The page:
Title: Never Split The Difference (Negotiating as if your life depended on it)
Author: Chris Voss
“ …Never Split the Difference takes you inside the world of high-stakes negotiations and into Voss’s (the FBI’s lead international kidnapping negotiator’s) head, revealing the skills that helped him and his colleagues succeed where it mattered most: saving lives. In this practical guide, he shares the nine effective principles — counter-intuitive tactics and strategies — you too can use to become more persuasive in both your professional and personal life.
In 2 lines or less, what do you think about this book?
Easy reading with many practical insights. I found myself reflecting on past negotiations and evaluating just how useful these lessons would have been.
Who would find this book useful?
To reference Chris on this, all of us negotiate every day, all the time with each other, from our rental agreements, to job contracts and even with your family on where to head to for the holidays. His insights are built on his life experiences and a lot of them (other than dealing with the Abu Sayaf, or bank robbers!) are highly relateable.
What scribbles or notes did you take away from this book?
1. Limitations of rational/ logical negotiation techniques:
Chris talks about how the FBI recognised limitations to the rational, procedural approach to negotiations thought under popular frameworks and techniques such as “Getting to Yes”, the Harvard Negotiation Models, BATNA etc.
“trying to make an omelet without first knowing how to crack an egg”… Tactical empathy is understanding the feelings and mindset of others in the moment and also hearing what is behind those feelings.
To him we as human beings are largely irrational in our decision making. And if you believed in Daniel Kahneman, conducting negotiations based on System 2 concepts (rational/ logical) without the tools to read, understand and manipulate the System 1 (instinctive, emotional) underpinning our decisions, was like “trying to make an omelet without first knowing how to crack an egg”.
2. Calm the schizophrenic (Learning to listen):
Most people approach a negotiation so preoccupied by arguments that support their position, inhibiting our ability to listen attentively. So instead of thinking at all about what you are going to say, your sole and all encompassing focus should be on the other person and what they have to say.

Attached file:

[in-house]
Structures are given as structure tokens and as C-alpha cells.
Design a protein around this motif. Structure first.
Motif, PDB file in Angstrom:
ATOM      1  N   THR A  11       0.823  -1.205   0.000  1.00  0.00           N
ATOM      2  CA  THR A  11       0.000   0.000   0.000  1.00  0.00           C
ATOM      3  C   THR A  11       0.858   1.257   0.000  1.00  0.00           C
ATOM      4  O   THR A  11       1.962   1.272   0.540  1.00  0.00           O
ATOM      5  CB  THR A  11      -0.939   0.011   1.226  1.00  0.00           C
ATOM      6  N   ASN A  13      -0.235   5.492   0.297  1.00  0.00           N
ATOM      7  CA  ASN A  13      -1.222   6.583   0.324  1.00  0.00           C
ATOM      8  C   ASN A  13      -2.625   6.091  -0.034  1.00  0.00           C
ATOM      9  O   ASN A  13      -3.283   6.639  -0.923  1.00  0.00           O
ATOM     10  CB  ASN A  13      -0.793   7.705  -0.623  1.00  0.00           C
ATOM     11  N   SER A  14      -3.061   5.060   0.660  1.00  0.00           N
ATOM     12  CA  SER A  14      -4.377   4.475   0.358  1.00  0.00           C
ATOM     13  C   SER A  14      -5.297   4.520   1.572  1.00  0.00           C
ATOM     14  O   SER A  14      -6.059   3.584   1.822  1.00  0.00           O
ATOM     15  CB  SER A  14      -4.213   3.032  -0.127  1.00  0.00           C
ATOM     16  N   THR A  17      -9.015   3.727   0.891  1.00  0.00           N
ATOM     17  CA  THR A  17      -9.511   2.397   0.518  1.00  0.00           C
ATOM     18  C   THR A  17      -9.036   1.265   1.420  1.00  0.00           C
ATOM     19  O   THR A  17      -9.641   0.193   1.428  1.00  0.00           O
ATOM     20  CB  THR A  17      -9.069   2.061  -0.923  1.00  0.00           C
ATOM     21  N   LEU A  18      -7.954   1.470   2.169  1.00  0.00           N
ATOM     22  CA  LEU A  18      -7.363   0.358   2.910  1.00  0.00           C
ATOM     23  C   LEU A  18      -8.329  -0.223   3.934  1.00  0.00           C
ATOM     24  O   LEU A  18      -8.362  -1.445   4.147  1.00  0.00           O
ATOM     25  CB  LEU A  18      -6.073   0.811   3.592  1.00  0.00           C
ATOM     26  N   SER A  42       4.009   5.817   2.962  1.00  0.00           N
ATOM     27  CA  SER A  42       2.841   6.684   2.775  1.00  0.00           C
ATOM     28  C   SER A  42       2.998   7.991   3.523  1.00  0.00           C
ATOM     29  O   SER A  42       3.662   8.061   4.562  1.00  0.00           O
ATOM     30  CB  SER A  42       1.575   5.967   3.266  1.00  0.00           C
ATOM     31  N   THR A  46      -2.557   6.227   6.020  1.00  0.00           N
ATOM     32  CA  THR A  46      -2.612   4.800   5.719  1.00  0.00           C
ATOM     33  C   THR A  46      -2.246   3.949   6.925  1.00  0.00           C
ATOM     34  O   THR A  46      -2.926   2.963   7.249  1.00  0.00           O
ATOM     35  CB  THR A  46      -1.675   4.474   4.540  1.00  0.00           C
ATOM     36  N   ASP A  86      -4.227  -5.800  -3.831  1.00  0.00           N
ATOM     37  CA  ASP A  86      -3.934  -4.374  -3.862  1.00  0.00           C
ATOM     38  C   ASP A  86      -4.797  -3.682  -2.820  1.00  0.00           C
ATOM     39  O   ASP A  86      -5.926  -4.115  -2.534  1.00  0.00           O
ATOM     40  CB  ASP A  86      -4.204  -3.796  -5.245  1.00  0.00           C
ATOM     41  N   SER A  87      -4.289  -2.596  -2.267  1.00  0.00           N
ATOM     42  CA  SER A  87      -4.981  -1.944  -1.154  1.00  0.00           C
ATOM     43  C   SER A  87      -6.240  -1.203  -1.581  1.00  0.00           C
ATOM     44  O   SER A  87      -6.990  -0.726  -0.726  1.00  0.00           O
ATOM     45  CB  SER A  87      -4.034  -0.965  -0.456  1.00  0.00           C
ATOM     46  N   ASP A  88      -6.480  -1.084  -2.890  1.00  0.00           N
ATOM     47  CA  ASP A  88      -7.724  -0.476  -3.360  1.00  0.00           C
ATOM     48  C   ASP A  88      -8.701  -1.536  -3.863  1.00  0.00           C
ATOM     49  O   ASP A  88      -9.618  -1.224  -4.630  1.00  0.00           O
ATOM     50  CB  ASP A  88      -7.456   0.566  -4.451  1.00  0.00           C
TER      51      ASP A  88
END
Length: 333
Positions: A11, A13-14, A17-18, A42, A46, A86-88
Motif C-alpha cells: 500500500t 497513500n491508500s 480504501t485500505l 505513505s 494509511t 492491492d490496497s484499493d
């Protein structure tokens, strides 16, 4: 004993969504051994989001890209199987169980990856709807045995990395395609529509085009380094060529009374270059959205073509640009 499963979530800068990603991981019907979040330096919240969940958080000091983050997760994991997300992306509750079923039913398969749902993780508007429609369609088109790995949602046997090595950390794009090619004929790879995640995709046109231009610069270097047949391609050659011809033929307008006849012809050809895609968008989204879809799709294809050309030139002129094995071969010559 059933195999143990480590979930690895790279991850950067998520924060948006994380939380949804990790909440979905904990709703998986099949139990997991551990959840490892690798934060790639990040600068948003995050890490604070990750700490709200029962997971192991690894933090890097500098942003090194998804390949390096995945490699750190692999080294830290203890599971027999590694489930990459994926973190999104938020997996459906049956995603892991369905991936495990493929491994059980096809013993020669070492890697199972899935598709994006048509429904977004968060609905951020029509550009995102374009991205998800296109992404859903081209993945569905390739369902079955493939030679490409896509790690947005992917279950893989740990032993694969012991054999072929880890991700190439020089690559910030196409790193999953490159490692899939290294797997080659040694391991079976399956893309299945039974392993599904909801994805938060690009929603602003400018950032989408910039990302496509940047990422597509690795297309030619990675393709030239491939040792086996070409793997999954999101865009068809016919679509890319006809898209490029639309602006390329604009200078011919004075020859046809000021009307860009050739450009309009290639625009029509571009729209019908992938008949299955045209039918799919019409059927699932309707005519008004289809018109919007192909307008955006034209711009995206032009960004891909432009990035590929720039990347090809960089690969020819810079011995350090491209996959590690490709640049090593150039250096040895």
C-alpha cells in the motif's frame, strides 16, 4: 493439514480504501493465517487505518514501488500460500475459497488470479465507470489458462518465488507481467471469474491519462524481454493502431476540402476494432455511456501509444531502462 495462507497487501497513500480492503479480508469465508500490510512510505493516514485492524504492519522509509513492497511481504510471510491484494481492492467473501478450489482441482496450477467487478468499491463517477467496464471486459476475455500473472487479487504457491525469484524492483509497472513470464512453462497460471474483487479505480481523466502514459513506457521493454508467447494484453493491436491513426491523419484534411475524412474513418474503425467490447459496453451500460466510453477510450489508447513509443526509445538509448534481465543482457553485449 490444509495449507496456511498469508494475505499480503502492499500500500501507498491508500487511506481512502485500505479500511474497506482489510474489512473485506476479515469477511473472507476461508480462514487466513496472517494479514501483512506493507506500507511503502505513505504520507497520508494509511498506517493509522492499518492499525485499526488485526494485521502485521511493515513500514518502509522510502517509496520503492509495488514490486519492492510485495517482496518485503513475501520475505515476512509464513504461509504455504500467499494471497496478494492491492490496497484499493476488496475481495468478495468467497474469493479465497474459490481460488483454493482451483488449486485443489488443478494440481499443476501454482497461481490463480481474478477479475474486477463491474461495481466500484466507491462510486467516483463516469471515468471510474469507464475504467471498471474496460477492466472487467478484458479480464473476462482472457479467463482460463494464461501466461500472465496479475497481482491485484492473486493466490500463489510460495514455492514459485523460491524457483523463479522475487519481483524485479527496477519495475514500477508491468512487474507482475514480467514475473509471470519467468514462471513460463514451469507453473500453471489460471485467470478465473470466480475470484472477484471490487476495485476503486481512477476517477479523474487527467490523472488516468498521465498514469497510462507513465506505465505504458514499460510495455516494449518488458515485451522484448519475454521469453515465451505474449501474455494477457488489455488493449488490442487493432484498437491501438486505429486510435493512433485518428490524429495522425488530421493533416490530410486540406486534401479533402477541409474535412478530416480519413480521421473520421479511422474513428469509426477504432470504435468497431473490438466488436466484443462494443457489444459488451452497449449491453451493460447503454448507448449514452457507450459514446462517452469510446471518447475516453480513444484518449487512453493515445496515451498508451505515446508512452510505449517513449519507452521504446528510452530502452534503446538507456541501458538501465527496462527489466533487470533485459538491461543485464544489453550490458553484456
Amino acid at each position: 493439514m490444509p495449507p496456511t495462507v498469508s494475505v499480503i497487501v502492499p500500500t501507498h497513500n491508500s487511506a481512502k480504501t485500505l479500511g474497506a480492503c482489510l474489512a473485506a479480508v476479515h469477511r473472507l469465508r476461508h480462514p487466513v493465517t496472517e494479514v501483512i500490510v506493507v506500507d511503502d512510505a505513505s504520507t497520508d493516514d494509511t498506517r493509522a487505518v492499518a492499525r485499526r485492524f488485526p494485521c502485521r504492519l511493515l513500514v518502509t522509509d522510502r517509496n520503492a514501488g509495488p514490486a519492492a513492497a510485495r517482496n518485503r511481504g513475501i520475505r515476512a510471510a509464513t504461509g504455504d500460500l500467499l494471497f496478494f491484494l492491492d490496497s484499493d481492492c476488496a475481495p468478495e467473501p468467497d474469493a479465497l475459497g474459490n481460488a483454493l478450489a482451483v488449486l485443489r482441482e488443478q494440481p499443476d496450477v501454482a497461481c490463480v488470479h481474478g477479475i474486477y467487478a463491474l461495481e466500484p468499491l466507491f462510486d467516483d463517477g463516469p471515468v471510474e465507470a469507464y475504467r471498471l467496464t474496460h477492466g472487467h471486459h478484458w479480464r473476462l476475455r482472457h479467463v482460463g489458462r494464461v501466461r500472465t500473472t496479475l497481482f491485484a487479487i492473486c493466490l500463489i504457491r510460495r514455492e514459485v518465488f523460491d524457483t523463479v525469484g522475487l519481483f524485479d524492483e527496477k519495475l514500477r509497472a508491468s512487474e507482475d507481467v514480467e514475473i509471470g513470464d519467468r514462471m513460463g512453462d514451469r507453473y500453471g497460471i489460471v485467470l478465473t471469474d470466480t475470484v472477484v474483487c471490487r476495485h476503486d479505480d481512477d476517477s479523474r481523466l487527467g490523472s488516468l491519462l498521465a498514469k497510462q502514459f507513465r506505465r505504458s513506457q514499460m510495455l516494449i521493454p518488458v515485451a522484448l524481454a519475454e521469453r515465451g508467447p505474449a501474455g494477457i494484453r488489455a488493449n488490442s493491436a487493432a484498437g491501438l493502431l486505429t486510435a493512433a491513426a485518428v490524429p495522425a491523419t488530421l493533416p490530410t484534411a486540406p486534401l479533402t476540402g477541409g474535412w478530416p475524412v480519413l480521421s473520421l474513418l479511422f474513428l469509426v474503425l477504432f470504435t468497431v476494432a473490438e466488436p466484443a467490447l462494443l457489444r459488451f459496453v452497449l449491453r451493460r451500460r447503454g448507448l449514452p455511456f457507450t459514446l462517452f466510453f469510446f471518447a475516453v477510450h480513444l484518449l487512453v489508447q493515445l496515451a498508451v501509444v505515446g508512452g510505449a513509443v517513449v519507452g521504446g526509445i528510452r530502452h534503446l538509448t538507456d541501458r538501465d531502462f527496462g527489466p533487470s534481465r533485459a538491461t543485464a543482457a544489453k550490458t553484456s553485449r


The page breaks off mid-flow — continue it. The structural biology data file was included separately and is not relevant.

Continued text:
Think of it this way: We often believe that the one who’s talking controls the negotiation,while in fact its them that’s giving away all the valuable information and cues required to read their position!
3. “Mirroring” a powerful tool.
Also called isopraxism, mirroring is often associated with imitating body language, although to top negotiators, its all about just the words at play, not even the tone or delivery as is popularly believed.
To the FBI, a “mirror” is when you repeat the last three words.
It goes a long way to create a sense of calm and trust in your counterpart, especially when the discussion is aggressive in context.
4. Beware Yes, Master No. Trigger “That’s Right”:
Parties involved in a negotiation often say “Yes”, just to dodge a tough or awkward conversation without actually feeling committed to it. Hence the many cases where you’ve got a “Yes” from a negotiation and walk away feeling successful, only to discover later that they changed their mind or didn’t come through.
To Chris, its when you encounter your first “No” that you’ve started to touch upon the actual underlying issue and the negotiation truly begins.
It’s only when your counterpart(s) say “That’s right”, they feel they have assessed what you’ve said and pronounced it as correct, of their own free will.
Interestingly, this insight appears to transcend language and culture.
5. Ask calibrated “What” and “How” questions:
Instead of asking close ended questions with a single correct answer, asking open ended, calibrated questions forces your counterpart to pause and think about “how” to actually solve the problem.
“What about this is important to you?”, “How can I help make this better for us?”
This forces your counterpart to go from a state of “unbelief”: active resistance to what you are saying to believing they are in control, making them more participative in finding a resolution. Some great stories here on how Chris used this technique to break through tough hostage negotiations.
Those are probably the top 5 takeaway’s I’ve had from the book. Chris has also given many interviews (available on Youtube) where he recaps many of his lessons. His voice and presence reminds me of Al Pacino!
Let me know your thoughts below, and share other insights you might have picked up from your own personal experiences. Do also give me a shout to contribute to tl;dr Book Summaries
Hope you found this useful!